The “Manzoni” Requiem was first performed on May 22, 1874, at St. Mark’s in Milan. Immediately following its premiere it moved to La Scala for three hugely successful performances, and then Verdi took it to Paris, London, and Vienna, where it received equal acclaim.

Architecturally the work is in seven movements, with the second, the Dies Irae, the most extended, being set in ten sections. The Libera me, an optional movement in a traditional requiem, becomes here in its position as the final movement, in effect a recapitulation musically of earlier materials. These materials, of course, were devised, as it were, after the fact. [“…the last shall be first, and the first, last.” Matthew 20]

Textually the Libera me brings a personal emphasis to the Mass. The Requiem text, ending as it often does with the Lux aeterna — “May eternal light shine on them, Lord…Grant them eternal rest” — fulfills the elevated ecclesiastical requirement of praying for the dead. In the Libera me, the fear of the “last enemy” that is latent in all of us is brought to consciousness: “Deliver me, Lord, from eternal death…Deliver me.”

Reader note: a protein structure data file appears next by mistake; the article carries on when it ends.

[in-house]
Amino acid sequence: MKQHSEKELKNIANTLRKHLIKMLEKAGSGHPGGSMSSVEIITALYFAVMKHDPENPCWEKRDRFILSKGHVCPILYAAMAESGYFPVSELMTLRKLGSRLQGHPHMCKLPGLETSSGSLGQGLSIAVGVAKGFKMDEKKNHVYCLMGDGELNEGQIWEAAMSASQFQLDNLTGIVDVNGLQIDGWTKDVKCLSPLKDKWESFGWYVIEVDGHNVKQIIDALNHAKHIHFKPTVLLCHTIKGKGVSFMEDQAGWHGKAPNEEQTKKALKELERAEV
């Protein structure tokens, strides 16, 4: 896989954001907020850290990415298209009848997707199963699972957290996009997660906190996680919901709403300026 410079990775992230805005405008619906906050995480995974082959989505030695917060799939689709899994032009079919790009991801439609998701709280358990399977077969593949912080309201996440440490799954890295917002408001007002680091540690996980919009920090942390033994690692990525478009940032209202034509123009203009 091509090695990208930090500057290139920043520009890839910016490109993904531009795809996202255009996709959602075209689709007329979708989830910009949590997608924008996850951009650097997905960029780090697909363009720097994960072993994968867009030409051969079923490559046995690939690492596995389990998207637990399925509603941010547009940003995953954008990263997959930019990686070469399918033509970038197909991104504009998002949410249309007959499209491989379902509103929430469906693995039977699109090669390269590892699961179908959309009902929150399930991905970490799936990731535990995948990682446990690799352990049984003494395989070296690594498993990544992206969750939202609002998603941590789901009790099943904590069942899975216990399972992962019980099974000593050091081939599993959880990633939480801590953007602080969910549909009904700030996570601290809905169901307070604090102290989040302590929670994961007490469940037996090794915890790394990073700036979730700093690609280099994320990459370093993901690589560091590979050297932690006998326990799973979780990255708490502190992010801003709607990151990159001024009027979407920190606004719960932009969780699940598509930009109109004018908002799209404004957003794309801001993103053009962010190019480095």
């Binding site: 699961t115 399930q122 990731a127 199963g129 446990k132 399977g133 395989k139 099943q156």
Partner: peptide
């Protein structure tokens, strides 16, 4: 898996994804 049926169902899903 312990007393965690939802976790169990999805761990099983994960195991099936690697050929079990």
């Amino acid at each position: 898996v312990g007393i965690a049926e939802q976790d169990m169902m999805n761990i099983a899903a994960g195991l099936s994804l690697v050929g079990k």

Within its vast emotional content, the Requiem covers every shade of operatic expression that Verdi every conjured, from the most inward and fragile to the most extrovert and violently passionate. To Verdi, religiosity was not ecclesiastic but humanistic, and his language for speaking operatically about the things of man was the same as speaking oratorically about the things of God. Remember that the composer’s supplications to the Almighty in his massive Requiem were motivated by his having lost a man, Manzoni, and not by his having found God. (Verdi was all his adult life a lapsed Catholic). Realizing this should make acceptable, even to a religionist, the secular musical vocabulary as being fully appropriate to the religious subject matter.